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postgraduate thesis: Pan-cancer analysis of ROS1 genomic aberrations

TitlePan-cancer analysis of ROS1 genomic aberrations
Authors
Issue Date2015
PublisherThe University of Hong Kong (Pokfulam, Hong Kong)
Citation
Wang, Y. [王奕丹]. (2015). Pan-cancer analysis of ROS1 genomic aberrations. (Thesis). University of Hong Kong, Pokfulam, Hong Kong SAR. Retrieved from http://dx.doi.org/10.5353/th_b5659723
AbstractThe ROS proto-oncogene 1 (ROS1) encodes the ROS1 receptor kinase. ROS1 rearrangements are known to be oncogenic in glioblastoma, non–small-cell lung carcinoma (NSCLC) and cholangiocarcinoma. The clinical relevance of ROS1 genomic aberrations in other human cancers is largely unexamined. Here, we performed a pan-cancer analysis of ROS1 genomic aberrations across 20 cancer sites by interrogating the whole-exome sequencing data of the Cancer Genome Atlas (TCGA) via the cBioportal (www.cbioportal.org). We found that ROS1 point mutations occur at a noticeable average frequency of 4.09%, while ROS1 gene rearrangement is uncommon, except for lung cancer. As ROS1 is potentially druggable by small molecule kinase inhibitors, it remains to be determined if any of these ROS1 mutations are associated with potential clinical benefits in patients. In our study, ROS1 gene amplification was noted in a small subset of patient tumors. For reasons unclear, ROS1 gene copy loss was found to be common in some cancer types. We also found that ROS1 mutations extend over the entire gene with three emerging hotspot mutation sites (R245I, P1539S and E2308) and several other recurrent clusters that frequently occur at the interdomain 2, 3, 4 regions, kinase and C’-terminal kinase domains by domain mapping. Similar mutation pattern (except for the C’-terminal kinase domain) was found in ROS1-mutated cancer cell lines from the Cell Line Encyclopedia (CCLE) and the NCI-60 panel. Lastly, we summarized all published ROS1 mutants related to tumorigenesis and secondary mutations of drug resistance in order to facilitate our understanding of the potential contributions or impacts of these pan-cancer ROS1 mutation spectra in multiple cancer types.
DegreeMaster of Medical Sciences
SubjectCancer - Genetic aspects
Dept/ProgramPharmacology and Pharmacy
Persistent Identifierhttp://hdl.handle.net/10722/221475

 

DC FieldValueLanguage
dc.contributor.authorWang, Yidan-
dc.contributor.author王奕丹-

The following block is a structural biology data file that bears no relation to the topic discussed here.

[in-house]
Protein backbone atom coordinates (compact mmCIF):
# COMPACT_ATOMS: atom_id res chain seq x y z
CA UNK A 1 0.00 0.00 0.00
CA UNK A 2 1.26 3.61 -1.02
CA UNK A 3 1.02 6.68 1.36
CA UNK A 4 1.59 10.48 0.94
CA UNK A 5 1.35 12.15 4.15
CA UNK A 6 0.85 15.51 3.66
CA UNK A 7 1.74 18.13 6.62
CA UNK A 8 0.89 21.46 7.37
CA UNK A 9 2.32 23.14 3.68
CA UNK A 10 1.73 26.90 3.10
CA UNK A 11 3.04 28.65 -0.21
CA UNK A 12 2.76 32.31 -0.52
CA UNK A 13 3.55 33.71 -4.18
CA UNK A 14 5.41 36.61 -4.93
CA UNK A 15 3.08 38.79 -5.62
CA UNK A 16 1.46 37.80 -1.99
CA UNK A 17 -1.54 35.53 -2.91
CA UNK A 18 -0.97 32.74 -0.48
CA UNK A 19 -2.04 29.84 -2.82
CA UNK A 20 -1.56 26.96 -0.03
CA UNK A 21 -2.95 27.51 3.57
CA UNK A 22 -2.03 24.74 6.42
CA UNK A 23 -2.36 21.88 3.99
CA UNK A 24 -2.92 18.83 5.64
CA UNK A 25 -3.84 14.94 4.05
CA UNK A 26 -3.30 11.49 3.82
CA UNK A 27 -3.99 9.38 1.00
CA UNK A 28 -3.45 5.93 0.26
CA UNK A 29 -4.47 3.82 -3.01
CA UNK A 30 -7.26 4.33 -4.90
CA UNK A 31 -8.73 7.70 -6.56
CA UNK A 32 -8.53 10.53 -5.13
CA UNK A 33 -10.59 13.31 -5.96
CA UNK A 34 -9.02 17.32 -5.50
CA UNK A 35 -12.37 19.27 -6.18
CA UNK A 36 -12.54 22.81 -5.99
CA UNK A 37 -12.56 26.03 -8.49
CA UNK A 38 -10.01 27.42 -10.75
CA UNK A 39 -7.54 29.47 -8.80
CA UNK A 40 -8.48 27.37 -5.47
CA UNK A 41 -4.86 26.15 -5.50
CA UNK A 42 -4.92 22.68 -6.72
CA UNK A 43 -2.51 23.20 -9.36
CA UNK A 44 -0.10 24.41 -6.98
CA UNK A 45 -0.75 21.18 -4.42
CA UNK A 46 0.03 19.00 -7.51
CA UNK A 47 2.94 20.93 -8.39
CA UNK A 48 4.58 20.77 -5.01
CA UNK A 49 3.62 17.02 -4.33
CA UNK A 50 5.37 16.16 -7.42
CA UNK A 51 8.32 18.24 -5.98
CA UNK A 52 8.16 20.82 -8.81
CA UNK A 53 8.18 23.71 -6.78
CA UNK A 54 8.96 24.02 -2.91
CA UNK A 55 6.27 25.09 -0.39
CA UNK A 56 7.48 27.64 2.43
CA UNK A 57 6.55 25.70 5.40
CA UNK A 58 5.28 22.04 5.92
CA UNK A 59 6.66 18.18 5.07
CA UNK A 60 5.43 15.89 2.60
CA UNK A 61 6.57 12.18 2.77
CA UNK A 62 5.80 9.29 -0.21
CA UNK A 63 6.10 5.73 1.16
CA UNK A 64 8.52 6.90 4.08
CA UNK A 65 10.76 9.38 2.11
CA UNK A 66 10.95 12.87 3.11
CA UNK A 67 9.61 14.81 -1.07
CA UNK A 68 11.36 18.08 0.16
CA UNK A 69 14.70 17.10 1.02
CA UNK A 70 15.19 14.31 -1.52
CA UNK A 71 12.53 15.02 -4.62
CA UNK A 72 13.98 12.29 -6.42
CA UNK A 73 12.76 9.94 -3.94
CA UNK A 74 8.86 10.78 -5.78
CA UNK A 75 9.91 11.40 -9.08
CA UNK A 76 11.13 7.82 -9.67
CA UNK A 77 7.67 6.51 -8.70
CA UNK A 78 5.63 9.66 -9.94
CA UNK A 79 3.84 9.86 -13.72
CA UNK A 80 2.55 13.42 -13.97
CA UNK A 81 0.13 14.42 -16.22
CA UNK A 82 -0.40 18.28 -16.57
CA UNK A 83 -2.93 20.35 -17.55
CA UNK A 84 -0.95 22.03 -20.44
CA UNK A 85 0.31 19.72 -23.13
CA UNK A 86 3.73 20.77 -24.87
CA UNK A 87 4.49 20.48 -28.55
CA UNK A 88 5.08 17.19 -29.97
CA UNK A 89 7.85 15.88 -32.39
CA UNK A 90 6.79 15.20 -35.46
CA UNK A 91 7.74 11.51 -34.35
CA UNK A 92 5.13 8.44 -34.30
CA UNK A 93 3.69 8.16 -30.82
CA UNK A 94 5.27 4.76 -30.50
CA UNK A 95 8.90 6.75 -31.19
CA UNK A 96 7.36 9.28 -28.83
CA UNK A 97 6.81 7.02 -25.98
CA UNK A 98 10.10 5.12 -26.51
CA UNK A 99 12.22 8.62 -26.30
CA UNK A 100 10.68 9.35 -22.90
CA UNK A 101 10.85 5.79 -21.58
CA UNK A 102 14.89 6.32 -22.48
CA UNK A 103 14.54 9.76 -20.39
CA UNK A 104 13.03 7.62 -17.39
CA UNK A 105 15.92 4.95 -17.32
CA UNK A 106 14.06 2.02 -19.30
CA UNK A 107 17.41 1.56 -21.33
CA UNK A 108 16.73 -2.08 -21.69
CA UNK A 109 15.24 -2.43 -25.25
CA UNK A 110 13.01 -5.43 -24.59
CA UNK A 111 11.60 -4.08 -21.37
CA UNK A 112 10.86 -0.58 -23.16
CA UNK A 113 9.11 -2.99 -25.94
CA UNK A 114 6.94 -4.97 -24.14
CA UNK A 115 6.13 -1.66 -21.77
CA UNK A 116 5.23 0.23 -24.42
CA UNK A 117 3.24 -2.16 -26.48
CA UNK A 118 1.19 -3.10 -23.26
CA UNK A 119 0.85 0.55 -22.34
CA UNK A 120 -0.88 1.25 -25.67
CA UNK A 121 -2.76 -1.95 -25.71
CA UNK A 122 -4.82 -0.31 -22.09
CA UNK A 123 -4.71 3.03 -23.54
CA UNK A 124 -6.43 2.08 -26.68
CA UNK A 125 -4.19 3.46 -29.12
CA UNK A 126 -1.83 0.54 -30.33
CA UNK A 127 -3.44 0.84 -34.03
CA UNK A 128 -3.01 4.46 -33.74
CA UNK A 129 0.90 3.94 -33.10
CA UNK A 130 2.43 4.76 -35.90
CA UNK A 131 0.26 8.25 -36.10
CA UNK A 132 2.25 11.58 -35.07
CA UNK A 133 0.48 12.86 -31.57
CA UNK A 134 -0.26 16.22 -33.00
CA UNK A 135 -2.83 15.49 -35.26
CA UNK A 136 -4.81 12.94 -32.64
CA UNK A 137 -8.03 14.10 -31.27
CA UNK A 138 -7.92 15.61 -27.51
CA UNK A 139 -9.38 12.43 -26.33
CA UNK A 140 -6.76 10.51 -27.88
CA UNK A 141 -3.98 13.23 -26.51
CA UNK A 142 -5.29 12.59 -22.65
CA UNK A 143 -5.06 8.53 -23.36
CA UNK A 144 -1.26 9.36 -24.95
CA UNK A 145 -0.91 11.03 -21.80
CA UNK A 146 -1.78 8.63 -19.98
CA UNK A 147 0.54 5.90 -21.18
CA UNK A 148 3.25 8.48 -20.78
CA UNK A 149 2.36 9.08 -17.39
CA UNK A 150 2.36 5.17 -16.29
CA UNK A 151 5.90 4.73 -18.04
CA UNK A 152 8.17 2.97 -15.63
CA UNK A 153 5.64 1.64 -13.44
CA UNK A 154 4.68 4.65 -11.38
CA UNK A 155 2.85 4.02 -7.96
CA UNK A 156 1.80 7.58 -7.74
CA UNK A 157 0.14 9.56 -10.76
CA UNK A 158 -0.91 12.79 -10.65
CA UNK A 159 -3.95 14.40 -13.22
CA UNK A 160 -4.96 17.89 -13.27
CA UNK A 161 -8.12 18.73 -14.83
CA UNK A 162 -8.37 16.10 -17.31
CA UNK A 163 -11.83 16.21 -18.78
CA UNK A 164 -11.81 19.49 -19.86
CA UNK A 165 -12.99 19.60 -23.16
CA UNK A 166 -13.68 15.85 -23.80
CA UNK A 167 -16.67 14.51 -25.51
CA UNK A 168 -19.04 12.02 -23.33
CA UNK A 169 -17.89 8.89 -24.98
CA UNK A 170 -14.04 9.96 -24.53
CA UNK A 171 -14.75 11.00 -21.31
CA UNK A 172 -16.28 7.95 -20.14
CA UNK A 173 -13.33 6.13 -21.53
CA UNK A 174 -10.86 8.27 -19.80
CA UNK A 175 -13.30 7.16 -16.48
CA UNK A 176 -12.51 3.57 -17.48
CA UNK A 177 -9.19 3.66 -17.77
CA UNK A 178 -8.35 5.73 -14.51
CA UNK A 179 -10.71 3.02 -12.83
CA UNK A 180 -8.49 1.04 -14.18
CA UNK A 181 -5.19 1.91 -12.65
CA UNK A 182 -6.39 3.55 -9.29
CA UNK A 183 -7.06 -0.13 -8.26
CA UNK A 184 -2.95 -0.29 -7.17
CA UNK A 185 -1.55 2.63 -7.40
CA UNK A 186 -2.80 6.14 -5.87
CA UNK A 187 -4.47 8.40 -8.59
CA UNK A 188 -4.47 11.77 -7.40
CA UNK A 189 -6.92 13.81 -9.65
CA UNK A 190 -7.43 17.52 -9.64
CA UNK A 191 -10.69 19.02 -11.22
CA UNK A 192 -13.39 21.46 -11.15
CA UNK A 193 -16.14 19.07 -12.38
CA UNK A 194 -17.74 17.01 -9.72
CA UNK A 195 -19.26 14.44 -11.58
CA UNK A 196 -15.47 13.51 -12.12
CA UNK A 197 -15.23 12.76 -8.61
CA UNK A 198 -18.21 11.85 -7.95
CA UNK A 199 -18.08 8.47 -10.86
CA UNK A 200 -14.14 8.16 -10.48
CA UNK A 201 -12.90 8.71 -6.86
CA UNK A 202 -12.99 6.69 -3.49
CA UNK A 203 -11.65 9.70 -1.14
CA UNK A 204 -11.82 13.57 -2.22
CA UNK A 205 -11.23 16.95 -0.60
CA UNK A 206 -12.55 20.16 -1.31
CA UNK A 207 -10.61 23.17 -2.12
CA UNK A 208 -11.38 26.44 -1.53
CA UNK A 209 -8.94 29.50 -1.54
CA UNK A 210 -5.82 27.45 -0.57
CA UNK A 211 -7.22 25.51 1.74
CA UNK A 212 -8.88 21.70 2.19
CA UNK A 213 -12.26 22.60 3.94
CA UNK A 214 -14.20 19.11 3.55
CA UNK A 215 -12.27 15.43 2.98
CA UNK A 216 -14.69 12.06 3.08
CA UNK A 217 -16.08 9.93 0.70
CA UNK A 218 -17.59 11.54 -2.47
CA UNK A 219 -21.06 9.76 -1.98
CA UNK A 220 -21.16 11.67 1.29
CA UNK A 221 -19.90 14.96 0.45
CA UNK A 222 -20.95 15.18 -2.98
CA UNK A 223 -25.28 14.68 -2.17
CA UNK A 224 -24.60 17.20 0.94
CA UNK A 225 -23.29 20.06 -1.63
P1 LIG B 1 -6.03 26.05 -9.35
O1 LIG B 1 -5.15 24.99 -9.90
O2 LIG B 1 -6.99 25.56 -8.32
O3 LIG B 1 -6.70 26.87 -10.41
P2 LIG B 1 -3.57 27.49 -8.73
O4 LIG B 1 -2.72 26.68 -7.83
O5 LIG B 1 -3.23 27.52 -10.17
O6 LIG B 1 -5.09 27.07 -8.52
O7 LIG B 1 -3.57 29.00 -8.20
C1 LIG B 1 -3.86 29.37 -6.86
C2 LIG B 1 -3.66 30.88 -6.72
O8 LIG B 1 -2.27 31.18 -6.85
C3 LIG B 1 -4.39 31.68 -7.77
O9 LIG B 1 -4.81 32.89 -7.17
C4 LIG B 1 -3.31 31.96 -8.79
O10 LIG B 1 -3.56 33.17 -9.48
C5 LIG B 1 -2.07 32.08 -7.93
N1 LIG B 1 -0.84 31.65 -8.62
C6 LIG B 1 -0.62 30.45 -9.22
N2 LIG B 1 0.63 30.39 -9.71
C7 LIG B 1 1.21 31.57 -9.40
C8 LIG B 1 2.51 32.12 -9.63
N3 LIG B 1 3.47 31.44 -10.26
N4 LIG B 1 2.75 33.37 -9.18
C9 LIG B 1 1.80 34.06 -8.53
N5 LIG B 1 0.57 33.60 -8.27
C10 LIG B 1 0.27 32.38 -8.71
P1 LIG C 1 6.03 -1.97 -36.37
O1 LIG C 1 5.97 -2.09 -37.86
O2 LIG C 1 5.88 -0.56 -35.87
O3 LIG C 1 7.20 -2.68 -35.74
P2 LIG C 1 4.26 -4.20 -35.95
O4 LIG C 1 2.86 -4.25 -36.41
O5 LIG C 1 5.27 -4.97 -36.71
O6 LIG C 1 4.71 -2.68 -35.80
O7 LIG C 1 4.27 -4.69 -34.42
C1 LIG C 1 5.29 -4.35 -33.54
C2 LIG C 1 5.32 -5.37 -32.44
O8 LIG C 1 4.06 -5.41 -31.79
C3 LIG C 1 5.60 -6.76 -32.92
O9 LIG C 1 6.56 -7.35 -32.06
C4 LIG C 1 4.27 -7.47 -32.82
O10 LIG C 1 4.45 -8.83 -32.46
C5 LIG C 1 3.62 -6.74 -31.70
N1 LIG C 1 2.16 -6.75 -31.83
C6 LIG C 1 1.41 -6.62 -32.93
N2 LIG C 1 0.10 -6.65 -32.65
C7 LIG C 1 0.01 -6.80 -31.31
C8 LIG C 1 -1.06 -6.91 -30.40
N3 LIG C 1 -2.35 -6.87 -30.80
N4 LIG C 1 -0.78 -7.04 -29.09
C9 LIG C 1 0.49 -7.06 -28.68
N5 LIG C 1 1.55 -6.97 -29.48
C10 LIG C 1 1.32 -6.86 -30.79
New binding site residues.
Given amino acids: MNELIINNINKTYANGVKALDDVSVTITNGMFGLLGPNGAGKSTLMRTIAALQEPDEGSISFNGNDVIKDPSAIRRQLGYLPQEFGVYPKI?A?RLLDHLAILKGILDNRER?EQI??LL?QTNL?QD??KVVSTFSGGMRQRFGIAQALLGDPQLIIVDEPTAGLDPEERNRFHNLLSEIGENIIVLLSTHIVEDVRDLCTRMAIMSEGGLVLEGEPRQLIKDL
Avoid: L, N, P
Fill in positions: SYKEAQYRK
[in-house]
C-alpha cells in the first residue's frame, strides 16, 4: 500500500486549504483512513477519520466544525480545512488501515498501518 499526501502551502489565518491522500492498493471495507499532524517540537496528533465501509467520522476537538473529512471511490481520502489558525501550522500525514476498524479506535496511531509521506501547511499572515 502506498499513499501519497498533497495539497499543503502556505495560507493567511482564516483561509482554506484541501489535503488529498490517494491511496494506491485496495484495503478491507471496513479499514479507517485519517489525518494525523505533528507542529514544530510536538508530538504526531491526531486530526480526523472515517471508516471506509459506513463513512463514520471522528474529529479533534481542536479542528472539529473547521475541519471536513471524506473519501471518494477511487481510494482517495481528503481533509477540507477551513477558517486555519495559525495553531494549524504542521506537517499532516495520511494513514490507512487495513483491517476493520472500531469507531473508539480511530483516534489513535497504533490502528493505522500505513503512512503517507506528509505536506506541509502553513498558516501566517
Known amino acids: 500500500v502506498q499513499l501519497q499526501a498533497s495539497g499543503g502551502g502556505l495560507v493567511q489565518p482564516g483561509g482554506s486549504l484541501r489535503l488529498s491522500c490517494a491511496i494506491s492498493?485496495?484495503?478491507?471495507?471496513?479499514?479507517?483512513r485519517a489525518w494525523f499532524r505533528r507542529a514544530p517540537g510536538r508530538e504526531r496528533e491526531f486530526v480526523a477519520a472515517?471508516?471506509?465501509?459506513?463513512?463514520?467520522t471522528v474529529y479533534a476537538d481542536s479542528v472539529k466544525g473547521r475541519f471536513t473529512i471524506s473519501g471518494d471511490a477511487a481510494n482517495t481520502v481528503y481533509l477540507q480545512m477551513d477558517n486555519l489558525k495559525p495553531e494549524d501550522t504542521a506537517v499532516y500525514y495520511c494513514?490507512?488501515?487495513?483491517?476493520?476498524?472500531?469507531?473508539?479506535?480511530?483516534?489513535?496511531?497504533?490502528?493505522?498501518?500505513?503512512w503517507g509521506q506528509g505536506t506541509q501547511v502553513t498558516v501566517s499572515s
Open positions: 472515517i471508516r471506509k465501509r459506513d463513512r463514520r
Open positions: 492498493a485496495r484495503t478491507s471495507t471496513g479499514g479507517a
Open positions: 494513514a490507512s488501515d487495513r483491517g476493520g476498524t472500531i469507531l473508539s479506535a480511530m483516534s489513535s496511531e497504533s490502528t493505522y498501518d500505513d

dc.date.accessioned2015-11-26T23:36:16Z-
dc.date.available2015-11-26T23:36:16Z-
dc.date.issued2015-
dc.identifier.citationWang, Y. [王奕丹]. (2015). Pan-cancer analysis of ROS1 genomic aberrations. (Thesis). University of Hong Kong, Pokfulam, Hong Kong SAR. Retrieved from http://dx.doi.org/10.5353/th_b5659723-
dc.identifier.urihttp://hdl.handle.net/10722/221475-
dc.description.abstractThe ROS proto-oncogene 1 (ROS1) encodes the ROS1 receptor kinase. ROS1 rearrangements are known to be oncogenic in glioblastoma, non–small-cell lung carcinoma (NSCLC) and cholangiocarcinoma. The clinical relevance of ROS1 genomic aberrations in other human cancers is largely unexamined. Here, we performed a pan-cancer analysis of ROS1 genomic aberrations across 20 cancer sites by interrogating the whole-exome sequencing data of the Cancer Genome Atlas (TCGA) via the cBioportal (www.cbioportal.org). We found that ROS1 point mutations occur at a noticeable average frequency of 4.09%, while ROS1 gene rearrangement is uncommon, except for lung cancer. As ROS1 is potentially druggable by small molecule kinase inhibitors, it remains to be determined if any of these ROS1 mutations are associated with potential clinical benefits in patients. In our study, ROS1 gene amplification was noted in a small subset of patient tumors. For reasons unclear, ROS1 gene copy loss was found to be common in some cancer types. We also found that ROS1 mutations extend over the entire gene with three emerging hotspot mutation sites (R245I, P1539S and E2308) and several other recurrent clusters that frequently occur at the interdomain 2, 3, 4 regions, kinase and C’-terminal kinase domains by domain mapping. Similar mutation pattern (except for the C’-terminal kinase domain) was found in ROS1-mutated cancer cell lines from the Cell Line Encyclopedia (CCLE) and the NCI-60 panel. Lastly, we summarized all published ROS1 mutants related to tumorigenesis and secondary mutations of drug resistance in order to facilitate our understanding of the potential contributions or impacts of these pan-cancer ROS1 mutation spectra in multiple cancer types.-
dc.languageeng-
dc.publisherThe University of Hong Kong (Pokfulam, Hong Kong)-
dc.relation.ispartofHKU Theses Online (HKUTO)-
dc.rightsThe author retains all proprietary rights, (such as patent rights) and the right to use in future works.-
dc.rightsCreative Commons: Attribution 3.0 Hong Kong License-
dc.subject.lcshCancer - Genetic aspects-
dc.titlePan-cancer analysis of ROS1 genomic aberrations-
dc.typePG_Thesis-
dc.identifier.hkulb5659723-
dc.description.thesisnameMaster of Medical Sciences-
dc.description.thesislevelMaster-
dc.description.thesisdisciplinePharmacology and Pharmacy-
dc.description.naturepublished_or_final_version-

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